Self-Driving Mass Transit has Arrived

The EasyMile EZ10 autonomous vehicle in use in Columbus. (Kevin Miller/Bloomberg News)

The South Linden neighborhood of Columbus, Ohio will be the first to experience a daily, public residential autonomous shuttle.

For the next year, residents of South Linden will be able to ride the self driving shuttle on a route that extends almost three miles. The shuttle was one of several projects to arise from the Smart Cities Challenge, which was aimed at encouraging midsize cities to develop advanced transportation modes using electric and autonomous vehicles.

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With a $40 million federal grant, an additional $10 million from the late Paul Allen’s Vulcan Inc., plus contributions and services from regional employers including Ohio State University and Honda Motor Co., “Smart Columbus” was born.

The scope of the program is audacious for a midsize U.S. city. It funds demonstration projects ranging from electric-vehicle test drives to digitally connected cars. It’s also building kiosks with payment systems that let users plan trips combining multiple kinds of transportation — including e-scooters, bicycles, Uber, Lyft and the city’s bus system, the Central Ohio Transit Authority (COTA).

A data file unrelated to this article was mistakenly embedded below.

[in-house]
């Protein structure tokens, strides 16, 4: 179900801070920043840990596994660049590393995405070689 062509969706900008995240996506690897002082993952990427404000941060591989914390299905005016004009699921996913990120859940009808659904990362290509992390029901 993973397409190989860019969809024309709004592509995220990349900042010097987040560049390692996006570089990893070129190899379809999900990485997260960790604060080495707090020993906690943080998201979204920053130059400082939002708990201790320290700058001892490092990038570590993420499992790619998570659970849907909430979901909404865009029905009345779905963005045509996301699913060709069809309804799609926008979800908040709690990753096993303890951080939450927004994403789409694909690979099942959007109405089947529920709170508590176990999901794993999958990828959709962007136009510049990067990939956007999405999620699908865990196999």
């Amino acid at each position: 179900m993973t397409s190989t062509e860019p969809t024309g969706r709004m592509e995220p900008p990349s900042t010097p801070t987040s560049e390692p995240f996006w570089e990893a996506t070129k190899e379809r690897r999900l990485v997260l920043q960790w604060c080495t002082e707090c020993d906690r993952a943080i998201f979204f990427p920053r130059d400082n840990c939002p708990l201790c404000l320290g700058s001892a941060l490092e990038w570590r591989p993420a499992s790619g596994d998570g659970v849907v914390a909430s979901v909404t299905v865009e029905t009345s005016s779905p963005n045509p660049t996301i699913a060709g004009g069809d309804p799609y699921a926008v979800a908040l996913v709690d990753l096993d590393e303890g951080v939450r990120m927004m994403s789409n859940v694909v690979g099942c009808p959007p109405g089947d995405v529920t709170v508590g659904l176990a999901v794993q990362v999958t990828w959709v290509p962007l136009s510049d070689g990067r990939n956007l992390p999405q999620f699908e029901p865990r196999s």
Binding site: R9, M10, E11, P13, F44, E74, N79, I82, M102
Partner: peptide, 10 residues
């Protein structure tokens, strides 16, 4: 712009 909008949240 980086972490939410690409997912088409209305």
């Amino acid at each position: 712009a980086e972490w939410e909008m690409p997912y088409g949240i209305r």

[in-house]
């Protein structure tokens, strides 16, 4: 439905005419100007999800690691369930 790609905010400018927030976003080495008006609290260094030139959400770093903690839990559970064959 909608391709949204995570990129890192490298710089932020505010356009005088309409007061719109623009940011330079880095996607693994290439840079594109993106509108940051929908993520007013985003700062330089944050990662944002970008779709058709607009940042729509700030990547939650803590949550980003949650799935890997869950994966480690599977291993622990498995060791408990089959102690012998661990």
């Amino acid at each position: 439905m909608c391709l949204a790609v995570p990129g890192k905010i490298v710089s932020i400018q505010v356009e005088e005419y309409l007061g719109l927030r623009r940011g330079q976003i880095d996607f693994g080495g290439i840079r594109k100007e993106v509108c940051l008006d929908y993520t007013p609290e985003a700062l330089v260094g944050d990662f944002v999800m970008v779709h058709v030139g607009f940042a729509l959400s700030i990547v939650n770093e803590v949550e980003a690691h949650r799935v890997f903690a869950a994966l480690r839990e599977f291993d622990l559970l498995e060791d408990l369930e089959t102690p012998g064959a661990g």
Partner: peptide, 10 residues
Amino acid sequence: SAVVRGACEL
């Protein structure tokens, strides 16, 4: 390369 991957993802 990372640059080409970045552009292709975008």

“Columbus was chosen to model how new technologies work in a real city, with real people, solving real problems,” Smart Columbus says on its website. “Conducting demonstrations will be our new way of attacking challenges.”

The National Highway Traffic Safety Administration wrote special rules to govern Linden LEAP, including limiting speed to 25 mph and stopping service when schools open and close for the day.